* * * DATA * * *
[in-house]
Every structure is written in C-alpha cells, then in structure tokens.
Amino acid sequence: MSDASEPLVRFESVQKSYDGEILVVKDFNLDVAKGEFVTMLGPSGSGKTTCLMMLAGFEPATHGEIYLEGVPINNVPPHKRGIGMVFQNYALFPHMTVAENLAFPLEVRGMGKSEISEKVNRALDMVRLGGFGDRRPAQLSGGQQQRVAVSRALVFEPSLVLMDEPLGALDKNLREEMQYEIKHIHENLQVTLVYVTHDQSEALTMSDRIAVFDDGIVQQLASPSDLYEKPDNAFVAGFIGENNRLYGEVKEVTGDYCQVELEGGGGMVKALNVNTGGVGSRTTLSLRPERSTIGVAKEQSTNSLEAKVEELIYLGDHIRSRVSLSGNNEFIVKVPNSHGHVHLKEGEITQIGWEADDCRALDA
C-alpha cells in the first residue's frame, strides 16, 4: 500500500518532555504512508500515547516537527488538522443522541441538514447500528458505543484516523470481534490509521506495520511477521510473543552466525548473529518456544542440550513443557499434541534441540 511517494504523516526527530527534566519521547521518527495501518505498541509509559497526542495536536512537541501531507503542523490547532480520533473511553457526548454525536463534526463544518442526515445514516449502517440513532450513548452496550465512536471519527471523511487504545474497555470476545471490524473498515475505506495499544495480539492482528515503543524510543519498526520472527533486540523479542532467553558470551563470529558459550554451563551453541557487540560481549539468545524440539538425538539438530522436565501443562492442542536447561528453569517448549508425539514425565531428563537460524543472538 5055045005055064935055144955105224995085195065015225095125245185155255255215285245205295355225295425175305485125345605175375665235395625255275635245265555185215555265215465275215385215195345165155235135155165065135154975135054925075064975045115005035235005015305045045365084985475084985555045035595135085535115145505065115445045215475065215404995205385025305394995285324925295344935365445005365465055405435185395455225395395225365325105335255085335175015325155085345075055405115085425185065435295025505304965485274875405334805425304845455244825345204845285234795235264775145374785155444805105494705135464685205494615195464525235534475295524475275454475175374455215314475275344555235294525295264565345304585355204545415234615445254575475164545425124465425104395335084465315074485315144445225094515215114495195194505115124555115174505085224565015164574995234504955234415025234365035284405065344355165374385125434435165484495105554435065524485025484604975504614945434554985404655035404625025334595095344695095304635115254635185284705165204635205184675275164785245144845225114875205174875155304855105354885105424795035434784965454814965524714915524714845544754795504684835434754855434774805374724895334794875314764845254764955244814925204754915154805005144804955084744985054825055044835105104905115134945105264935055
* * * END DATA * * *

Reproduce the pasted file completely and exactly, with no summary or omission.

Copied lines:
[in-house]
Every structure is written in C-alpha cells, then in structure tokens.
Amino acid sequence: MSDASEPLVRFESVQKSYDGEILVVKDFNLDVAKGEFVTMLGPSGSGKTTCLMMLAGFEPATHGEIYLEGVPINNVPPHKRGIGMVFQNYALFPHMTVAENLAFPLEVRGMGKSEISEKVNRALDMVRLGGFGDRRPAQLSGGQQQRVAVSRALVFEPSLVLMDEPLGALDKNLREEMQYEIKHIHENLQVTLVYVTHDQSEALTMSDRIAVFDDGIVQQLASPSDLYEKPDNAFVAGFIGENNRLYGEVKEVTGDYCQVELEGGGGMVKALNVNTGGVGSRTTLSLRPERSTIGVAKEQSTNSLEAKVEELIYLGDHIRSRVSLSGNNEFIVKVPNSHGHVHLKEGEITQIGWEADDCRALDA
C-alpha cells in the first residue's frame, strides 16, 4: 500500500518532555504512508500515547516537527488538522443522541441538514447500528458505543484516523470481534490509521506495520511477521510473543552466525548473529518456544542440550513443557499434541534441540 511517494504523516526527530527534566519521547521518527495501518505498541509509559497526542495536536512537541501531507503542523490547532480520533473511553457526548454525536463534526463544518442526515445514516449502517440513532450513548452496550465512536471519527471523511487504545474497555470476545471490524473498515475505506495499544495480539492482528515503543524510543519498526520472527533486540523479542532467553558470551563470529558459550554451563551453541557487540560481549539468545524440539538425538539438530522436565501443562492442542536447561528453569517448549508425539514425565531428563537460524543472538 5055045005055064935055144955105224995085195065015225095125245185155255255215285245205295355225295425175305485125345605175375665235395625255275635245265555185215555265215465275215385215195345165155235135155165065135154975135054925075064975045115005035235005015305045045365084985475084985555045035595135085535115145505065115445045215475065215404995205385025305394995285324925295344935365445005365465055405435185395455225395395225365325105335255085335175015325155085345075055405115085425185065435295025505304965485274875405334805425304845455244825345204845285234795235264775145374785155444805105494705135464685205494615195464525235534475295524475275454475175374455215314475275344555235294525295264565345304585355204545415234615445254575475164545425124465425104395335084465315074485315144445225094515215114495195194505115124555115174505085224565015164574995234504955234415025234365035284405065344355165374385125434435165484495105554435065524485025484604975504614945434554985404655035404625025334595095344695095304635115254635185284705165204635205184675275164785245144845225114875205174875155304855105354885105424795035434784965454814965524714915524714845544754795504684835434754855434774805374724895334794875314764845254764955244814925204754915154805005144804955084744985054825055044835105104905115134945105264935055